I think as we’ve said consistently, our base case is the six month review. We will all know we expect by mid-month, and we’ll certainly announce that. But I think we should all have the expectation that it’d be a six month review. It’d be nice to be surprised, but that’s our base case.
Our next question comes from Laura Chico from Wedbush.
I’ve got two for you, I guess. First on IBSRELA, can you expand your comments a little bit on the prescribing breadth? And I guess, what metrics should we be watching for to gauge how this might be changing in terms of repeat usage among prescribers? The reason I ask is, I think your market research has shown about 50% hold favorable perceptions of the drug once they use it. So, trying to understand how that’s translating to repeat utilization. And then I have one follow-up.
I think if you look at – ultimately, we’ll be able to give you better direction when we give guidance on tracking new writers and then repeat writers. And we’re seeing a very consistent relationship of repeat writing over the last several months as we build momentum for IBSRELA. And for now, I think really seeing as well the new and refill Rx ratio is also extremely encouraging in terms of the growth we’re seeing at both levels. So patients are persisting on therapy, which is a further reflection of the favorable experience physicians are having and why we are seeing repeat writing.
Laura, just anecdotally, we’re all getting out in the field now with the commercial organization. And the anecdotal stories I hear from physicians and caregivers is that – and it’s been tried on the most difficult to treat patients, which is a normal tendency with a new drug with a new mechanism getting launched, and they’re finding it to be what we’ve anticipated it would be, that they’re getting a great response. And that begins to then help them say, gee, how many other patients deserve the right to try new mechanism and that’s beginning to gain traction.
I guess then, one follow-up on XPHOZAH. Can you just comment there too on incent to prescribe dynamic and how that’s changed over time because this is another one where you’ve had market research data going back for some time. Now that we’re getting closer here, just curious, I think the last metric I’d seen was around the mid-50s in terms of the percent of surveyed physicians that plan to use XPHOZAH in the first three months. How has it changed over time, gets higher or lower, any commentary there?
Laura, actually, we just completed comprehensive quantitative research on XPHOZAH the first quarter of 2023. And what we found is that all of those metrics are really quite comparable. So the market dynamics continue to indicate high level of unmet need, high level of awareness of XPHOZAH, and that intend to adopt number that you referenced is really quite comparable in the research that we just conducted.
The next question comes from Joseph Thome from TD Cowen.
Maybe the first one, I know when the process was sort of – the appeal was granted, the OND directed the division to work with you on a label, I guess have any of those communications happened pre the submission? Or is that part of the review process and kind of none of that has happened yet. And when you think about a potential label, what’s sort of the scenario that you’re anticipating?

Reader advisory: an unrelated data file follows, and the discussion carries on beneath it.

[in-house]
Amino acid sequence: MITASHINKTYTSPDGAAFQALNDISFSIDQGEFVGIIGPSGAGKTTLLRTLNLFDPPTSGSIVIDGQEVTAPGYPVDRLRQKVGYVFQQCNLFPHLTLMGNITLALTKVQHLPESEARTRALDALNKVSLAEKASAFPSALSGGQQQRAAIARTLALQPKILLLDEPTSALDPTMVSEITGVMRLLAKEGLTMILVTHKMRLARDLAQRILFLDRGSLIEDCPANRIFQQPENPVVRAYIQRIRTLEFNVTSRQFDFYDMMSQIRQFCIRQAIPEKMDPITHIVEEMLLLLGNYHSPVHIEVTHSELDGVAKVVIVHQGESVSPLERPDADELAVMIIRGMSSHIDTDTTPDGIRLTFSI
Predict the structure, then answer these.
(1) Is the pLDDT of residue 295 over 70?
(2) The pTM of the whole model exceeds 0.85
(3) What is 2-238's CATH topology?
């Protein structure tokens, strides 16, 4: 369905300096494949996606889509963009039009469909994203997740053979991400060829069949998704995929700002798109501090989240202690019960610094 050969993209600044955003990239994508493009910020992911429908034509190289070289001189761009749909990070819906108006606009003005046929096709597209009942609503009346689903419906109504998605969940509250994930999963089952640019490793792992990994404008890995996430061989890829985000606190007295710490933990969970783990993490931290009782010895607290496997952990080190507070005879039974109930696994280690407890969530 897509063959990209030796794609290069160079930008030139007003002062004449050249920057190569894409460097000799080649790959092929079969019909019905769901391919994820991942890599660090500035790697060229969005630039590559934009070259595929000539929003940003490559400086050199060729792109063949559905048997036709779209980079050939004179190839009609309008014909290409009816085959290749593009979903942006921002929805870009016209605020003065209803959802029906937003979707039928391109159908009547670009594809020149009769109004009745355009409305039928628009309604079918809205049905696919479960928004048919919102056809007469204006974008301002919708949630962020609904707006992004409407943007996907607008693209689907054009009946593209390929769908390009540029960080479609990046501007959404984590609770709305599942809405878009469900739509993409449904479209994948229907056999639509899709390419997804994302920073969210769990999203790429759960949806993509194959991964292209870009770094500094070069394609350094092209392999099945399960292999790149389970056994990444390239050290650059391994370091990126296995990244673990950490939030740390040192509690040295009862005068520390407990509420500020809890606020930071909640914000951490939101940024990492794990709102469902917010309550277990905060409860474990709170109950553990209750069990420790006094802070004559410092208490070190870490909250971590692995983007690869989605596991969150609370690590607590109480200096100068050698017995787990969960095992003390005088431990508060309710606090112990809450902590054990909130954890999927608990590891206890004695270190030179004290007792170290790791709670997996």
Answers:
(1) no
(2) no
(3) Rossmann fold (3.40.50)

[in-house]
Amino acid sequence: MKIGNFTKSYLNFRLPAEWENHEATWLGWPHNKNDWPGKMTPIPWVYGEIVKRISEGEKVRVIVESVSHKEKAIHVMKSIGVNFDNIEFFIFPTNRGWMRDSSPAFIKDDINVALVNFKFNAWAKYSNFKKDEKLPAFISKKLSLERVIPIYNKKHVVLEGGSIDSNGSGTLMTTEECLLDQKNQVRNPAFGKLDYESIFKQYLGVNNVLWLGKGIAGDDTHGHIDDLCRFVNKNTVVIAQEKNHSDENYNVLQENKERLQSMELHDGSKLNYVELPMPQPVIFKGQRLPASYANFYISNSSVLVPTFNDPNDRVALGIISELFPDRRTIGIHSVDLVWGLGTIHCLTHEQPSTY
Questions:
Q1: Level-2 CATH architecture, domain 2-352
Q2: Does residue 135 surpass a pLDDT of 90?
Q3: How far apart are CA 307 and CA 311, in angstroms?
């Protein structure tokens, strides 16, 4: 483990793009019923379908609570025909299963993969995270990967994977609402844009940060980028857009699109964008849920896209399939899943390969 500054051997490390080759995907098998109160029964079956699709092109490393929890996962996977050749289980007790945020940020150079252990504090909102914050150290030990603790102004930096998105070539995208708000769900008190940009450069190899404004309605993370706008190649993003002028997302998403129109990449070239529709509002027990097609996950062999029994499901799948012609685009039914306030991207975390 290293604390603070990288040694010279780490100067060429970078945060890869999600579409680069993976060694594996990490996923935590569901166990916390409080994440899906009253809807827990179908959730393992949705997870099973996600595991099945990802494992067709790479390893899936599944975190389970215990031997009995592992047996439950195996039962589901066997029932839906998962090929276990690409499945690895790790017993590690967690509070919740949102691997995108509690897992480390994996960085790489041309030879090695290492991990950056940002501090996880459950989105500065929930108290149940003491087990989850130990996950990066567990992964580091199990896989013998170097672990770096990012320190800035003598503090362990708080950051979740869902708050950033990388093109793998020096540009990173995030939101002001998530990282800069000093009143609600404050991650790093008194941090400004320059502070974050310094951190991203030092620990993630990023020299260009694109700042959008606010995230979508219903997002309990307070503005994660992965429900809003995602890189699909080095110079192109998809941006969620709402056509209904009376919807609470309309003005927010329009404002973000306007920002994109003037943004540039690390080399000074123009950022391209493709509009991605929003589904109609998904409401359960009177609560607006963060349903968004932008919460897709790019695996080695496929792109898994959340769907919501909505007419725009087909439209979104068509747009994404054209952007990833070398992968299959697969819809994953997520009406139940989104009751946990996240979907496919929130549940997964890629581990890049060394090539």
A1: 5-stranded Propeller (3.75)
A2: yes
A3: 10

I think if you think about Peter Stein’s letter where he said, appeal granted, basically says that the drug should have been approved. We were, as you recall, well in the process of negotiating package insert back when we received the CRL. And in Peter’s letter, he talked about how this would maybe be appropriate and instructed the division work with us on labeling where you had binders that no longer were – that were inadequately controlled or tolerated, which is likely to be from a reimbursement standpoint where we would end up anyway. But it strengthens the position and the arguments with insurers to get the [indiscernible].
It’s radio silence from the FDA until we get the goal date. So there have not been conversations with them. We would anticipate that those begin subsequently as we get closer to whatever, it’s a six month or a two month review, which, as I said, we expect six.
Just as we think about the cadence of a potential launch, should we think of it similarly as what IBSRELA has done over the past kind of four quarters here? Or is there any reason why XPHOZAH, the uptake would be faster or slower for any reason. Kind of how should we think about that cadence?
I think it’s a bit early for that. We certainly will get to a place around launch where we can give some perspective on that. We’re not going to guide at this stage, just like we aren’t with IBSRELA, until we get some experience under our feet. As we just spoke about the anticipation for XPHOZAH has not tempered even with his two year delay, so we anticipate it’s going to be well received and the commercial footprint that we’ll put in place is going to be appropriate to make sure that we have feet in front of those 8,000 physicians who are going to make those prescribing decisions.
The next question comes from Chris Raymond from Piper Sandler.
I’ve got a couple. Maybe for Susan first, I know you guys have described a scenario of taking share, despite the typical patients being on existing therapy, but I wonder if you can maybe give a little bit more color on the prototypical patient that’s new to therapy, and maybe how that’s changed since launch and how you sort of aspire to see that maybe over the next year or so. And I guess what I’m asking specifically is just when or if you would expect to start to see any sort of frontline use or at least demand or expectations from docs.
And then the second question, I guess, on IBSRELA, I know you guys indicated you’re seeing persistency of therapy, but just any sense of average duration on therapy and how that might shake out over time?
Let me make a couple of comments and then Susan, please. I think the thing that’s important to note, and we talk about this with physicians all the time, our 1,200 patients were naive to therapy. There were maybe 50, thereabouts who had had previous exposure to GCC agonist. So it’s a frontline therapy clinical study that we got approved for IBSRELA. So that’s an important backstop to think about.